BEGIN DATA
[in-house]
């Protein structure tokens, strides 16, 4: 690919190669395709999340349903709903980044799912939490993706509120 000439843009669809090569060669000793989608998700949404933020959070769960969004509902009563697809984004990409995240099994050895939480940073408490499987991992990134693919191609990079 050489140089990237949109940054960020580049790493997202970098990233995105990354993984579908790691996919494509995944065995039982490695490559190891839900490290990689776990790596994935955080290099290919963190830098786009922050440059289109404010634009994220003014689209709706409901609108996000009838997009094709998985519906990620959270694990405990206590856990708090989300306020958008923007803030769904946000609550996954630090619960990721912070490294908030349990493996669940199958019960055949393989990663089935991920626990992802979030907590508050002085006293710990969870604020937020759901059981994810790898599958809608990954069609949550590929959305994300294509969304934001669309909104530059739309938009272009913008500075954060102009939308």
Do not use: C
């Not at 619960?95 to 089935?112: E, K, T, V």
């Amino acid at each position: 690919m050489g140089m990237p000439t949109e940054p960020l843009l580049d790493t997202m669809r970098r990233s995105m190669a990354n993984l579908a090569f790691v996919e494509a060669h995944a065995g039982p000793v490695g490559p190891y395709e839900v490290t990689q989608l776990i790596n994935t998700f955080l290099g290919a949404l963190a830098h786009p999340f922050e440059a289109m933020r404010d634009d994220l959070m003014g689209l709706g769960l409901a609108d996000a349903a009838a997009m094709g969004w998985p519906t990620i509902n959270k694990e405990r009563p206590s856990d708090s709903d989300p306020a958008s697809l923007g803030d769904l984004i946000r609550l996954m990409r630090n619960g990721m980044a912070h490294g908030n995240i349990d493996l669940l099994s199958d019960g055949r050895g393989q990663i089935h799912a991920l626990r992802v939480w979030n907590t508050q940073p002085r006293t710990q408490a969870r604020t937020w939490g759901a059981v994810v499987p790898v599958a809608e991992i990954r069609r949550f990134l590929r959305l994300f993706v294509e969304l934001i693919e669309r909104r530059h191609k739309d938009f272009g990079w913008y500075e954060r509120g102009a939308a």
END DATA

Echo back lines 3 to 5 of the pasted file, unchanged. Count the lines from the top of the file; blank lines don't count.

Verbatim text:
Do not use: C
């Not at 619960?95 to 089935?112: E, K, T, V």
């Amino acid at each position: 690919m050489g140089m990237p000439t949109e940054p960020l843009l580049d790493t997202m669809r970098r990233s995105m190669a990354n993984l579908a090569f790691v996919e494509a060669h995944a065995g039982p000793v490695g490559p190891y395709e839900v490290t990689q989608l776990i790596n994935t998700f955080l290099g290919a949404l963190a830098h786009p999340f922050e440059a289109m933020r404010d634009d994220l959070m003014g689209l709706g769960l409901a609108d996000a349903a009838a997009m094709g969004w998985p519906t990620i509902n959270k694990e405990r009563p206590s856990d708090s709903d989300p306020a958008s697809l923007g803030d769904l984004i946000r609550l996954m990409r630090n619960g990721m980044a912070h490294g908030n995240i349990d493996l669940l099994s199958d019960g055949r050895g393989q990663i089935h799912a991920l626990r992802v939480w979030n907590t508050q940073p002085r006293t710990q408490a969870r604020t937020w939490g759901a059981v994810v499987p790898v599958a809608e991992i990954r069609r949550f990134l590929r959305l994300f993706v294509e969304l934001i693919e669309r909104r530059h191609k739309d938009f272009g990079w913008y500075e954060r509120g102009a939308a």